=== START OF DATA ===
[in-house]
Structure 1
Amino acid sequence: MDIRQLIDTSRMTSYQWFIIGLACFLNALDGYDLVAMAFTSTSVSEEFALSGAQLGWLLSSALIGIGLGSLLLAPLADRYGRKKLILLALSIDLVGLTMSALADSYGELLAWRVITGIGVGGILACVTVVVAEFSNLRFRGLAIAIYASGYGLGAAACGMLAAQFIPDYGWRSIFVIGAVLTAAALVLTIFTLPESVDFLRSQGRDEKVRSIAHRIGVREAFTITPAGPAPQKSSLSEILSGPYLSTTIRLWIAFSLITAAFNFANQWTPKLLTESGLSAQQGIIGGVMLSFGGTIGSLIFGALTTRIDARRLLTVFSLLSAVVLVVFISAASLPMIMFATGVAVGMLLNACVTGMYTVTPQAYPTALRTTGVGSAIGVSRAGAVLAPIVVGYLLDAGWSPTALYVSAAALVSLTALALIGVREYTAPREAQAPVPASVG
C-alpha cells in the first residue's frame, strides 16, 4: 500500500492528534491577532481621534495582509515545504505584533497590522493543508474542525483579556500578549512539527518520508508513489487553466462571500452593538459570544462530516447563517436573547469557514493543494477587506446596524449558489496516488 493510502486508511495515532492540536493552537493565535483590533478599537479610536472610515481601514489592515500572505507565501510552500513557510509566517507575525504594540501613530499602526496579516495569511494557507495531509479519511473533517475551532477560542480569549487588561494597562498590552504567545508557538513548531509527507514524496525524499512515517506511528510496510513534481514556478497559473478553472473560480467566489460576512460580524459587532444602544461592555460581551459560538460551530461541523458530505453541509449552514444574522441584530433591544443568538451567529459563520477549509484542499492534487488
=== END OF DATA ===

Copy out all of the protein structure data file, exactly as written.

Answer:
[in-house]
Structure 1
Amino acid sequence: MDIRQLIDTSRMTSYQWFIIGLACFLNALDGYDLVAMAFTSTSVSEEFALSGAQLGWLLSSALIGIGLGSLLLAPLADRYGRKKLILLALSIDLVGLTMSALADSYGELLAWRVITGIGVGGILACVTVVVAEFSNLRFRGLAIAIYASGYGLGAAACGMLAAQFIPDYGWRSIFVIGAVLTAAALVLTIFTLPESVDFLRSQGRDEKVRSIAHRIGVREAFTITPAGPAPQKSSLSEILSGPYLSTTIRLWIAFSLITAAFNFANQWTPKLLTESGLSAQQGIIGGVMLSFGGTIGSLIFGALTTRIDARRLLTVFSLLSAVVLVVFISAASLPMIMFATGVAVGMLLNACVTGMYTVTPQAYPTALRTTGVGSAIGVSRAGAVLAPIVVGYLLDAGWSPTALYVSAAALVSLTALALIGVREYTAPREAQAPVPASVG
C-alpha cells in the first residue's frame, strides 16, 4: 500500500492528534491577532481621534495582509515545504505584533497590522493543508474542525483579556500578549512539527518520508508513489487553466462571500452593538459570544462530516447563517436573547469557514493543494477587506446596524449558489496516488 493510502486508511495515532492540536493552537493565535483590533478599537479610536472610515481601514489592515500572505507565501510552500513557510509566517507575525504594540501613530499602526496579516495569511494557507495531509479519511473533517475551532477560542480569549487588561494597562498590552504567545508557538513548531509527507514524496525524499512515517506511528510496510513534481514556478497559473478553472473560480467566489460576512460580524459587532444602544461592555460581551459560538460551530461541523458530505453541509449552514444574522441584530433591544443568538451567529459563520477549509484542499492534487488